For Tryhorn, the welcoming space achieves the goal of melding an Australian vibe with a Brooklyn sensibility. "We left some things un-renovated to a certain extent, so it's a bit rough around the edges, which I think gives it that beat-up Brooklyn feel. But, at the same time, it does have what I think we would experience in Melbourne."

Liberal use of navy and white gives the spot a nautical, seaside feel while swaths of exposed brick and the original tin ceiling, left as-is with years of paint and patina, add ambiance and a decidedly New York touch. For Bisceglie, the striking metal-wrapped main counter is a design favorite. "The juxtaposition of the zinc cladding with the wood slats looks really cool and catches your attention the moment you walk in."

In addition to interior upgrades, the exterior stucco has been changed from drab gray to bright white, and the surrounding iron fence has been given a fresh coat of paint, creating the perfect outdoor retreat for coffee and brekkie (Australian for breakfast).

Changes at the space were more than cosmetic, and Dixon's skill at navigating the city's complicated permitting process was crucial to opening on time, even when it exceeded the original scope of work. "We really started digging into the mechanicals and noticed that the existing grease trap wasn't venting properly, which is a code issue that may have prevented us from passing our final plumbing inspection," recalls Tarabocchia. "The solution required re-routing the grease trap. It was an added obstacle in the already-tight three-week schedule, but totally necessary."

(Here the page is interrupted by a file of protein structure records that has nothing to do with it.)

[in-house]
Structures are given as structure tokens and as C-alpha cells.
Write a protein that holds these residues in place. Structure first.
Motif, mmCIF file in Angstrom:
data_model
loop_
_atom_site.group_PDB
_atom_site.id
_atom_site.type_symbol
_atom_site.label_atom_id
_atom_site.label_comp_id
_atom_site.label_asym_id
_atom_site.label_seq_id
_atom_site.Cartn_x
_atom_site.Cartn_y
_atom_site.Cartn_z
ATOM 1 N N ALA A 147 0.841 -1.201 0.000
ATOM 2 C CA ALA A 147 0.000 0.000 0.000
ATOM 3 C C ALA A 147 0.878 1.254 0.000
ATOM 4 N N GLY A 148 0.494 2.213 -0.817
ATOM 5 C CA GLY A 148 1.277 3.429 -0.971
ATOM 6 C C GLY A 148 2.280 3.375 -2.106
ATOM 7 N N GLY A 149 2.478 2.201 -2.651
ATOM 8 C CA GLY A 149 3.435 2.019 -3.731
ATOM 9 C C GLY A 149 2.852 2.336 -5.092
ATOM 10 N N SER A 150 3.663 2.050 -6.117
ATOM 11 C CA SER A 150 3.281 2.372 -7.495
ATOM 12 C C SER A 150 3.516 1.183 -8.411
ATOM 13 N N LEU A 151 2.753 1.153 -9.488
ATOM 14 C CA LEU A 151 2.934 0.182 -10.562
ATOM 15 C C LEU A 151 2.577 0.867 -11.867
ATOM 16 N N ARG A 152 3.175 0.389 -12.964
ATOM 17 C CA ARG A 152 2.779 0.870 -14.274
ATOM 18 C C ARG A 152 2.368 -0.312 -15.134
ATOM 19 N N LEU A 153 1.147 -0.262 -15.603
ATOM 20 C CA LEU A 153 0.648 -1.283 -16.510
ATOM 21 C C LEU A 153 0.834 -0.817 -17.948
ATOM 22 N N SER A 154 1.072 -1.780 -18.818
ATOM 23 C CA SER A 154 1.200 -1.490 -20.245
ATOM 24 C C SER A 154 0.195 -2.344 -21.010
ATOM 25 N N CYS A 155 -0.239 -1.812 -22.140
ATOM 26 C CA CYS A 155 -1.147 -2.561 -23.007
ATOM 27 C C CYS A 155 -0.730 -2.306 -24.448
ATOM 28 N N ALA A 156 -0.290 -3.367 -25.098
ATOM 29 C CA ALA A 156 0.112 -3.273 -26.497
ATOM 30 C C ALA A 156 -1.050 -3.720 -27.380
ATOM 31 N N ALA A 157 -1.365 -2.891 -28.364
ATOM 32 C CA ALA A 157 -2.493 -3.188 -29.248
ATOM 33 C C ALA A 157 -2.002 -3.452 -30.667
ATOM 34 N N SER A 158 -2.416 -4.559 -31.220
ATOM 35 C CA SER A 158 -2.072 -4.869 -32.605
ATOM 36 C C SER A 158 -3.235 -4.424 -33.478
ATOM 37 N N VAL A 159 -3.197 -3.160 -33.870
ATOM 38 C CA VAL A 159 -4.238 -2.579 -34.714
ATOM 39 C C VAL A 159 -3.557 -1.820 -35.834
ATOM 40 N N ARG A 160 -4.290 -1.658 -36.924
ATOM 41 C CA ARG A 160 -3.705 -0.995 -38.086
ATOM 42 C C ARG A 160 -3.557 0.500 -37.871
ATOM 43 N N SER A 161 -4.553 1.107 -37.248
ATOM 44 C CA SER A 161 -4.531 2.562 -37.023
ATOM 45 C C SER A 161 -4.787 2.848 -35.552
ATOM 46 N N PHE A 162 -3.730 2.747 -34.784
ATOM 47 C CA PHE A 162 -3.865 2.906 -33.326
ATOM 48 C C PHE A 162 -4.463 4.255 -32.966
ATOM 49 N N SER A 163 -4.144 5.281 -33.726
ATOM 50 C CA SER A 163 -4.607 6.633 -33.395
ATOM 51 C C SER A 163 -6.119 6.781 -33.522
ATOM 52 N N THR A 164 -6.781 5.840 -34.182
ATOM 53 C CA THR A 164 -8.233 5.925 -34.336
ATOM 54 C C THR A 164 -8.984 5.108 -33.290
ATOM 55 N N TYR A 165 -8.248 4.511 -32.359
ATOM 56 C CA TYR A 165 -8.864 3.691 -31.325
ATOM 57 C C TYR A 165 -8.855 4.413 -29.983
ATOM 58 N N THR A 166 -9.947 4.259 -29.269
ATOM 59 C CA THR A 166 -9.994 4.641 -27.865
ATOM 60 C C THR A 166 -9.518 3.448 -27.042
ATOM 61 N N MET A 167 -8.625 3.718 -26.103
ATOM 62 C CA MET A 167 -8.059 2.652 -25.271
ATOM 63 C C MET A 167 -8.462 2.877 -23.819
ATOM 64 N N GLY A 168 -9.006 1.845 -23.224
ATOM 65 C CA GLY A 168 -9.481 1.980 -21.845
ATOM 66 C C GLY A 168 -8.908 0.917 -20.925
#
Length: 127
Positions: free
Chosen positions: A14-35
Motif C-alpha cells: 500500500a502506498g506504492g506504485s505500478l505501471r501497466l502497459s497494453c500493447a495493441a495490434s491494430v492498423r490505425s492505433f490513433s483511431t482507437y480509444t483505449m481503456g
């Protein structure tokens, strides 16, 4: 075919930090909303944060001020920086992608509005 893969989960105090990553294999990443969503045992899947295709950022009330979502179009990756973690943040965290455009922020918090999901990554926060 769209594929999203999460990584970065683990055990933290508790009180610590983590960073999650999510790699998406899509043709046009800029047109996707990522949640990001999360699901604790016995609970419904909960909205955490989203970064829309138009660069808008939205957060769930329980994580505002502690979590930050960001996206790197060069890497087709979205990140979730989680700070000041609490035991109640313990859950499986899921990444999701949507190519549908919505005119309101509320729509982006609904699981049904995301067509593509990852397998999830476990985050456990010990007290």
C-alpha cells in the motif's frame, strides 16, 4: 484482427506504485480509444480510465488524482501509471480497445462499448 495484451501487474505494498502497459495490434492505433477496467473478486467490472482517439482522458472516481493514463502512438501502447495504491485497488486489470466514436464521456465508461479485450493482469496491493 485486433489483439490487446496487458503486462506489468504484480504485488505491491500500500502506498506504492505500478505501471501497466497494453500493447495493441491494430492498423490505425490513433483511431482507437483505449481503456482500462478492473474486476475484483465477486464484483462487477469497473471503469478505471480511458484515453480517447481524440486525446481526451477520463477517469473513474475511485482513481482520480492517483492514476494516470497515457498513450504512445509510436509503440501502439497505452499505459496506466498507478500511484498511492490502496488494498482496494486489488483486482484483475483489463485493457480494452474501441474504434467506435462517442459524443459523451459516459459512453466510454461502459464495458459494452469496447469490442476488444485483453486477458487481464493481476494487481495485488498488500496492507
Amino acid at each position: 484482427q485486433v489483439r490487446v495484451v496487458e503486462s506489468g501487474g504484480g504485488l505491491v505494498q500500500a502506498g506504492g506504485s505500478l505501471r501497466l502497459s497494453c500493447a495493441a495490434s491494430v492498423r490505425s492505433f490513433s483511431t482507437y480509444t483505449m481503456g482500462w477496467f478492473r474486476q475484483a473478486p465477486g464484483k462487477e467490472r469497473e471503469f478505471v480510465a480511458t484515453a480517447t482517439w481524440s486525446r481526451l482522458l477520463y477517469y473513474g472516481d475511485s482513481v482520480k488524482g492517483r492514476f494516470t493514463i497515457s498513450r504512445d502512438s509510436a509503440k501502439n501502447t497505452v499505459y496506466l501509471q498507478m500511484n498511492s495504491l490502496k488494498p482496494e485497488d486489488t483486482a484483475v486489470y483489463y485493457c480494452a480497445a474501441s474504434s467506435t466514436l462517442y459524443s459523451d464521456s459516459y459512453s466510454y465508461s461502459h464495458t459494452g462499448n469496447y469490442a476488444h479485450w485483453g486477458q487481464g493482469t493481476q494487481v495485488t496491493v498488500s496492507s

Tryhorn agrees. "I think so much of Dixon's real expertise was around the permitting and having the experience that can move a project along," she says. "We knew they would get it done, to a high standard and on time. That was something that was critical for us."

The name Seven Point Espresso references the Australian flag's seven-pointed star, which in turn represents the country's seven states and territories. The menu clearly reflects the team's desire to embrace Down Under café culture with a delicious selection of espresso beverages and teas alongside a rotating list of mouthwatering Australian breakfast favorites served all-day long. Patrons rave about the Waffin (a blueberry muffin cooked like a waffle with mascarpone cream) and the lemon ricotta pikelets (a pancake-like delicacy served with bits of honeycomb), but the real star of the menu might be Seven Point's take on avocado toast garnished with hazelnut dukkah and bits of feta cheese.

According to press attention, online reviews and word on the street, Seven Point Espresso has been a hit in the neighborhood and a favorite hangout among Crown Heights locals. "Response from the community has been really wonderful," says Tryhorn. "We've had people coming up to us saying how great it is to see a business like this in the area because there just wasn't anything around like it."

Navigating the city's notoriously challenging real estate and restaurant sectors has been no easy feat, but by tapping into smart, experienced friends and associates, Tryhorn and Gijsbers have successfully delivered a bit of Australia to Crown Heights. When asked her favorite part of the space, Tryhorn looks to the prominent Seven Point logo wall. "People love taking photos in front of it with their food. For me, I just love walking in and seeing it. It's like the dream has become a reality."